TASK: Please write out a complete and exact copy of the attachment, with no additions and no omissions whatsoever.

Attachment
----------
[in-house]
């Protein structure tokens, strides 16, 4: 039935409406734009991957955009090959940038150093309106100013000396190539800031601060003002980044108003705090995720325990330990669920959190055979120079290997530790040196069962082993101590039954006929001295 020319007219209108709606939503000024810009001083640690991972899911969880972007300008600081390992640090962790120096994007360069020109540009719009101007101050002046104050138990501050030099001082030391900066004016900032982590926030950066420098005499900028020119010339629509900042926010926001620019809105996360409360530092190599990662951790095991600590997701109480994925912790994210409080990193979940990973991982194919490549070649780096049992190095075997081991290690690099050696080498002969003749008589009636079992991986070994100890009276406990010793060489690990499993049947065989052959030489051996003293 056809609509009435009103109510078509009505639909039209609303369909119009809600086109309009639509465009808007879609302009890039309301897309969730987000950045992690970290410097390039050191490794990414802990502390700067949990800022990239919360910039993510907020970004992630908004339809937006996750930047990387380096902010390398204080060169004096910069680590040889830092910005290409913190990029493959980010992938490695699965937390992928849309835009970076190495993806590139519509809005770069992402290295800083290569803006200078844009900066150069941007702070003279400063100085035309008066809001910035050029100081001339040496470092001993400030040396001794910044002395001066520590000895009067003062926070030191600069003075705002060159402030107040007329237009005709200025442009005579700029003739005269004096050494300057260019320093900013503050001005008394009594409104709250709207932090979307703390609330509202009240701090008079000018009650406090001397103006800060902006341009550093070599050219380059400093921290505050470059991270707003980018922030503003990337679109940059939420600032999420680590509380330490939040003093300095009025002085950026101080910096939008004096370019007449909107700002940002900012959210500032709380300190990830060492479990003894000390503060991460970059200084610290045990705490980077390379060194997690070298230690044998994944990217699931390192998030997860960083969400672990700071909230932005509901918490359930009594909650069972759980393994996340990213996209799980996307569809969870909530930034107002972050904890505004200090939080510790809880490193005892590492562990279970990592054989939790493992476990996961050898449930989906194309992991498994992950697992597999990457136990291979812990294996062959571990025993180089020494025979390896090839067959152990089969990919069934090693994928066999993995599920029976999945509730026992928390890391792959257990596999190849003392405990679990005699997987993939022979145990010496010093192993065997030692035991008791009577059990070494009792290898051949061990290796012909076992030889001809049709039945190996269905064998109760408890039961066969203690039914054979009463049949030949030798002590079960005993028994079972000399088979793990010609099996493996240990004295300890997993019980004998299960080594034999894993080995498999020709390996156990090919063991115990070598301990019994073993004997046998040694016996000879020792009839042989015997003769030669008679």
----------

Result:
[in-house]
């Protein structure tokens, strides 16, 4: 039935409406734009991957955009090959940038150093309106100013000396190539800031601060003002980044108003705090995720325990330990669920959190055979120079290997530790040196069962082993101590039954006929001295 020319007219209108709606939503000024810009001083640690991972899911969880972007300008600081390992640090962790120096994007360069020109540009719009101007101050002046104050138990501050030099001082030391900066004016900032982590926030950066420098005499900028020119010339629509900042926010926001620019809105996360409360530092190599990662951790095991600590997701109480994925912790994210409080990193979940990973991982194919490549070649780096049992190095075997081991290690690099050696080498002969003749008589009636079992991986070994100890009276406990010793060489690990499993049947065989052959030489051996003293 056809609509009435009103109510078509009505639909039209609303369909119009809600086109309009639509465009808007879609302009890039309301897309969730987000950045992690970290410097390039050191490794990414802990502390700067949990800022990239919360910039993510907020970004992630908004339809937006996750930047990387380096902010390398204080060169004096910069680590040889830092910005290409913190990029493959980010992938490695699965937390992928849309835009970076190495993806590139519509809005770069992402290295800083290569803006200078844009900066150069941007702070003279400063100085035309008066809001910035050029100081001339040496470092001993400030040396001794910044002395001066520590000895009067003062926070030191600069003075705002060159402030107040007329237009005709200025442009005579700029003739005269004096050494300057260019320093900013503050001005008394009594409104709250709207932090979307703390609330509202009240701090008079000018009650406090001397103006800060902006341009550093070599050219380059400093921290505050470059991270707003980018922030503003990337679109940059939420600032999420680590509380330490939040003093300095009025002085950026101080910096939008004096370019007449909107700002940002900012959210500032709380300190990830060492479990003894000390503060991460970059200084610290045990705490980077390379060194997690070298230690044998994944990217699931390192998030997860960083969400672990700071909230932005509901918490359930009594909650069972759980393994996340990213996209799980996307569809969870909530930034107002972050904890505004200090939080510790809880490193005892590492562990279970990592054989939790493992476990996961050898449930989906194309992991498994992950697992597999990457136990291979812990294996062959571990025993180089020494025979390896090839067959152990089969990919069934090693994928066999993995599920029976999945509730026992928390890391792959257990596999190849003392405990679990005699997987993939022979145990010496010093192993065997030692035991008791009577059990070494009792290898051949061990290796012909076992030889001809049709039945190996269905064998109760408890039961066969203690039914054979009463049949030949030798002590079960005993028994079972000399088979793990010609099996493996240990004295300890997993019980004998299960080594034999894993080995498999020709390996156990090919063991115990070598301990019994073993004997046998040694016996000879020792009839042989015997003769030669008679």